ASHLAND — As local temperatures plummet, workers at the Interfaith Care Community Association Center in Ashland are desperately trying to provide coats, sleeping bags, blankets, tents, thick socks and gloves to the city's homeless.

ASHLAND — As local temperatures plummet, workers at the Interfaith Care Community Association Center in Ashland are desperately trying to provide coats, sleeping bags, blankets, tents, thick socks and gloves to the city's homeless.

"Ashland has no shelter, so many of the homeless have to sleep outside, battling the elements," said Amber Thomas, office manager for the emergency services center located at 2200 Ashland St.

"Temperatures are starting to drop, and I'd hate to see someone die because they froze to death."

The center receives some funding from the city and United Way, "but many of our private donations have dropped off because there was a rumor that we had closed," Thomas said. "But we did not close. We simply moved to a new location."

She said the center serves about 200 people on a weekly basis but the actual number of homeless in Ashland likely is closer to 500.

"Many of the homeless don't come in for services because they are afraid to leave their tents — their comfort zones," Thomas said. "They feel that they are lower than dirt because that's how many people treat them. That's why they're afraid to ask for help or make any changes. The homeless, like anyone else, need positive reinforcement."

The center provides showers, laundry, Internet access, telephone and mail service for the men and handful of women who seek help.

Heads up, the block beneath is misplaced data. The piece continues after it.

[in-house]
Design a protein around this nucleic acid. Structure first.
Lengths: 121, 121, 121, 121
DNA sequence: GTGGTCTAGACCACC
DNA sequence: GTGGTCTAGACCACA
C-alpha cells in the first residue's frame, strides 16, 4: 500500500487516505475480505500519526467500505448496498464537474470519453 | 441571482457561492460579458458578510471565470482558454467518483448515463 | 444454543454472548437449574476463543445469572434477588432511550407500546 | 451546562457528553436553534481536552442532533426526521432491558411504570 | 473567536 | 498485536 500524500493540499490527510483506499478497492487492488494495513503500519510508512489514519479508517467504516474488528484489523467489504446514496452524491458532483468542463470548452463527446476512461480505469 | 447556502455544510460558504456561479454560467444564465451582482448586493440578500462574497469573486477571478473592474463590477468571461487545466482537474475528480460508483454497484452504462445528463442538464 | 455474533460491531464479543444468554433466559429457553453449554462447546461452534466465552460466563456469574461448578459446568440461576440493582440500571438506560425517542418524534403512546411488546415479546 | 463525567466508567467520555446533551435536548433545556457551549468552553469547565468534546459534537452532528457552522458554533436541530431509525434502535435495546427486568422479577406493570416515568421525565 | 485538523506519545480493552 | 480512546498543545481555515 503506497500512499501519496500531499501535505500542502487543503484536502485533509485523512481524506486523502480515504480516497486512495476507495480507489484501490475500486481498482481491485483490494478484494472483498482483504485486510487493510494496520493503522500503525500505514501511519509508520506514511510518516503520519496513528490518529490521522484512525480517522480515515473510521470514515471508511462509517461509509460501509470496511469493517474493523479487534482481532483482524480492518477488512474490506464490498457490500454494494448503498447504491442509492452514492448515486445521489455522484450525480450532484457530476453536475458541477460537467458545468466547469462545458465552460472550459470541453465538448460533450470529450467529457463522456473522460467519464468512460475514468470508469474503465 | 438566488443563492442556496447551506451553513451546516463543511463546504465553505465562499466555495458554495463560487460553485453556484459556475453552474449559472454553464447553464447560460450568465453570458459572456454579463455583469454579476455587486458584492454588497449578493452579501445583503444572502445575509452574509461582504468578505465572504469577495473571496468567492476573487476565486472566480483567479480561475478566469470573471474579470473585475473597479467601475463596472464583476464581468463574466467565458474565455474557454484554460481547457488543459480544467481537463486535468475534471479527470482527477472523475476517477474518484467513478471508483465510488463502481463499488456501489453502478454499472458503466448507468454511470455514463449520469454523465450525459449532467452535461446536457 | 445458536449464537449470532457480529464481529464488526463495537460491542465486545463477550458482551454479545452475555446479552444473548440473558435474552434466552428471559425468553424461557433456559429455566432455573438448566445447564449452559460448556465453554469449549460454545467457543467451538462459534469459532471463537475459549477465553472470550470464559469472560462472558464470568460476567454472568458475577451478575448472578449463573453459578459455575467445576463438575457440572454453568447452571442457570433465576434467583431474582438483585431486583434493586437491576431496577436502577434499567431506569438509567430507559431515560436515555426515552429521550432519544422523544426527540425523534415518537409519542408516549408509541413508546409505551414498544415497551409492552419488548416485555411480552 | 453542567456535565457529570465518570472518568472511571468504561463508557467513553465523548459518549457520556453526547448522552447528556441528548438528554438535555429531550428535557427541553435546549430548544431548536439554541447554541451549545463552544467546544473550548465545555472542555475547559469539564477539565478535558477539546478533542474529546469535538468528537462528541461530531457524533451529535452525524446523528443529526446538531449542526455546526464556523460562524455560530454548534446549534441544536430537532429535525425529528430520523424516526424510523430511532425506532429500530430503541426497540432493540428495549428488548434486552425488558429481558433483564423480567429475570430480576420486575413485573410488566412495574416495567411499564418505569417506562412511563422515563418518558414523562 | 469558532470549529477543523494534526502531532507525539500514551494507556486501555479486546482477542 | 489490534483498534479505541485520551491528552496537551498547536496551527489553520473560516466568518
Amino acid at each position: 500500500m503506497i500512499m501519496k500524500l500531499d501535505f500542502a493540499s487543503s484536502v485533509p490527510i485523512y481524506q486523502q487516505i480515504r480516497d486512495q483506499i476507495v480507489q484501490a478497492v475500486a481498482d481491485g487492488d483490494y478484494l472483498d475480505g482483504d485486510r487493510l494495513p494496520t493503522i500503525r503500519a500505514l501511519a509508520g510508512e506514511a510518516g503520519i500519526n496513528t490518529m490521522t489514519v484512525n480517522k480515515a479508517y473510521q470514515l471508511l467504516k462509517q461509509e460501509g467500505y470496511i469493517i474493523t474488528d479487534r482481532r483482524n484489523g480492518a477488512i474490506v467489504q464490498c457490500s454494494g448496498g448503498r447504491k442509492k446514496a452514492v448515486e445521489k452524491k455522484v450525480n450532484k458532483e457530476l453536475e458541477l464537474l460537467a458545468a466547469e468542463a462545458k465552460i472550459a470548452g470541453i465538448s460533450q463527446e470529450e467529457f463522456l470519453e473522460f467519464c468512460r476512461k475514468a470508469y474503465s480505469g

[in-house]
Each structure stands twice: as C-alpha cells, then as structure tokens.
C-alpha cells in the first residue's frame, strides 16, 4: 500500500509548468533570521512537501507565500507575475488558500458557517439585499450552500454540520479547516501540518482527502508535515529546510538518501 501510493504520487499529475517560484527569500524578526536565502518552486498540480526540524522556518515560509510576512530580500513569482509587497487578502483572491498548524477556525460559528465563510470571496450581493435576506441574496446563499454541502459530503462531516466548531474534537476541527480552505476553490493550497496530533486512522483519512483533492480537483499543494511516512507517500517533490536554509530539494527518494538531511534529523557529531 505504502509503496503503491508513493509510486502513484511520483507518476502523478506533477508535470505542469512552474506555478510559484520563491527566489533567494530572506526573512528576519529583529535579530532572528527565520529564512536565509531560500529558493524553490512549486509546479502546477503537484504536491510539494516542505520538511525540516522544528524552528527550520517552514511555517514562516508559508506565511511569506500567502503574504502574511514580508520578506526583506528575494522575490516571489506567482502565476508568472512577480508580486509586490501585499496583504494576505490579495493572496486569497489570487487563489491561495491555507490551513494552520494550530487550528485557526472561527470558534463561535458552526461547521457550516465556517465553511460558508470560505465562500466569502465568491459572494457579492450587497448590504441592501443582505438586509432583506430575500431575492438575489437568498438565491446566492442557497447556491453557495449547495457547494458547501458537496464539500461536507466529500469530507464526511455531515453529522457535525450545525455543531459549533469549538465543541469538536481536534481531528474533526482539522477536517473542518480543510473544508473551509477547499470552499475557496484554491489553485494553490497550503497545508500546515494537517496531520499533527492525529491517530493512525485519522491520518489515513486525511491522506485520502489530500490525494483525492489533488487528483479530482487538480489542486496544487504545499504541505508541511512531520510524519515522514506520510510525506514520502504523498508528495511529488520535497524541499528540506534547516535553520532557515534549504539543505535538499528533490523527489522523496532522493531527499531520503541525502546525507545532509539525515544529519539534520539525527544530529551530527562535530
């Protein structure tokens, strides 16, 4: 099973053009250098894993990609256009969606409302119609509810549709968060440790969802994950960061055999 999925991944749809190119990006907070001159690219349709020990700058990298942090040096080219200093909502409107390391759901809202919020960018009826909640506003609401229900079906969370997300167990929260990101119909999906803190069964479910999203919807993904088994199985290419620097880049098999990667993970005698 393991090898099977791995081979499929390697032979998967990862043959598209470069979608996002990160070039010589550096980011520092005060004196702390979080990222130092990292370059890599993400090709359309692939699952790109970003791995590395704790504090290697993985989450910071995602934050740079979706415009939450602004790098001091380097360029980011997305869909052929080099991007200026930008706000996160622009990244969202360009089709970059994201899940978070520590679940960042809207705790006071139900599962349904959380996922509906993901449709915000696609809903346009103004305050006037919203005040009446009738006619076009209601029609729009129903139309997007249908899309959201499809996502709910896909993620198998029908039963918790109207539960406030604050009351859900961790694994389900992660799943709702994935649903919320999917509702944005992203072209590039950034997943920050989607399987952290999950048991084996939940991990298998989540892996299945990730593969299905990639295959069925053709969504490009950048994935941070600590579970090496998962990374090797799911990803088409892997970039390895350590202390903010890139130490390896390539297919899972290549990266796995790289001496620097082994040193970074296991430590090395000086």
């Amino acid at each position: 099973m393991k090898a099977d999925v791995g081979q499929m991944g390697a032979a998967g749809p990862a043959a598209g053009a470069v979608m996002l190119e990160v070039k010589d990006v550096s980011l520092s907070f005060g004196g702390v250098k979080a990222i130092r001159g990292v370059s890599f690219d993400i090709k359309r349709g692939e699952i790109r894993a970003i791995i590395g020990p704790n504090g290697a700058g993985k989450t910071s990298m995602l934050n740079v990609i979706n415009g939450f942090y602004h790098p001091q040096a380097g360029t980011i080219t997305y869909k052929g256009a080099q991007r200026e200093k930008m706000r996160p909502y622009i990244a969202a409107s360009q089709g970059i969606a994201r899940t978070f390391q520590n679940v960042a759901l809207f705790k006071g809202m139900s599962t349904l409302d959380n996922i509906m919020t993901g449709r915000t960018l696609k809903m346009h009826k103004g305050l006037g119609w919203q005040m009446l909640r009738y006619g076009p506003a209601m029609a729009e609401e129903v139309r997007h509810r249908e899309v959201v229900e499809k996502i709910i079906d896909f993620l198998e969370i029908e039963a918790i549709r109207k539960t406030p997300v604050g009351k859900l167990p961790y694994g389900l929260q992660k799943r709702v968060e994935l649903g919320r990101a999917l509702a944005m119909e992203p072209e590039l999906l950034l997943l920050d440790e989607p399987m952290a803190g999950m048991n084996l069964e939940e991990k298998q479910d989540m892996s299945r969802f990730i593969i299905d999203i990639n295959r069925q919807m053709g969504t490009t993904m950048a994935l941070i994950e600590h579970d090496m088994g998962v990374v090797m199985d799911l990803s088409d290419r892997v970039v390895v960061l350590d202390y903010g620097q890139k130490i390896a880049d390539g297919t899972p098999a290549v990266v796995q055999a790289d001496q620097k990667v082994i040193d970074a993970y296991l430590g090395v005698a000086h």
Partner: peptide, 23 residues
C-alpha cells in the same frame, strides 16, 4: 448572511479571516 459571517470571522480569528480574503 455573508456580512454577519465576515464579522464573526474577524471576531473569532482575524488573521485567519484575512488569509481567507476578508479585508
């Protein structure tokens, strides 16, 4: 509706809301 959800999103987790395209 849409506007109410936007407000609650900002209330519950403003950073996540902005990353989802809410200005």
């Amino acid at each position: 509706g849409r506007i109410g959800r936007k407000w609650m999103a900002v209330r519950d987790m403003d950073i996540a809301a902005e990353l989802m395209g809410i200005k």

"We have coffee and a place for folks to keep warm during the day," Thomas said. "There's no food to speak of because we don't have a food handler's card. But sometimes we're able to provide peanut butter sandwiches or an occasional donut."

Steve Hansen serves as the center's case manager and counselor.

"Our goal is to motivate with empathy to try and build a rapport so we can try and help get people off the streets," he said. "A majority of the people we assist want to change their situations. But it is a slow process that can sometimes take years.

"We have a great success rate here of people turning their lives around. But for those who aren't ready yet, we'll help them the best we can. But we need the community's help."

Thomas said her biggest concern right now is letting people know that the center is open and needs donations. The center is open from 9 a.m. to 3 p.m. Monday through Friday.

The Dollar Tree is accepting donations for the center as well. General Manager Kevin Geyer said he agreed to collect the donations because he "believes in helping the community."

"So many people here need our help. Anyone who brings items to the store, I'll personally make sure the center gets it."

A client at the center, who would only give the name Bennett, put in a special request.

"I could use a sleeping bag made for really cold temperatures," he said. "It gets down to zero here, and that's the only thing that will keep me warm. I also need a tarp to try and keep my things dry when it rains." He's been living in Ashland for seven years.

Israel, another client at the center who is just passing through Ashland trying to get to a warmer area, said, "You know what I think is weird? That there's a church on every corner and homeless people sleeping on every street. That's weird, man."

Michele Mihalovich is a reporter for the Ashland Daily Tidings. She can be reached at 482-3456 x226 or mmihalovich@dailytidings.com.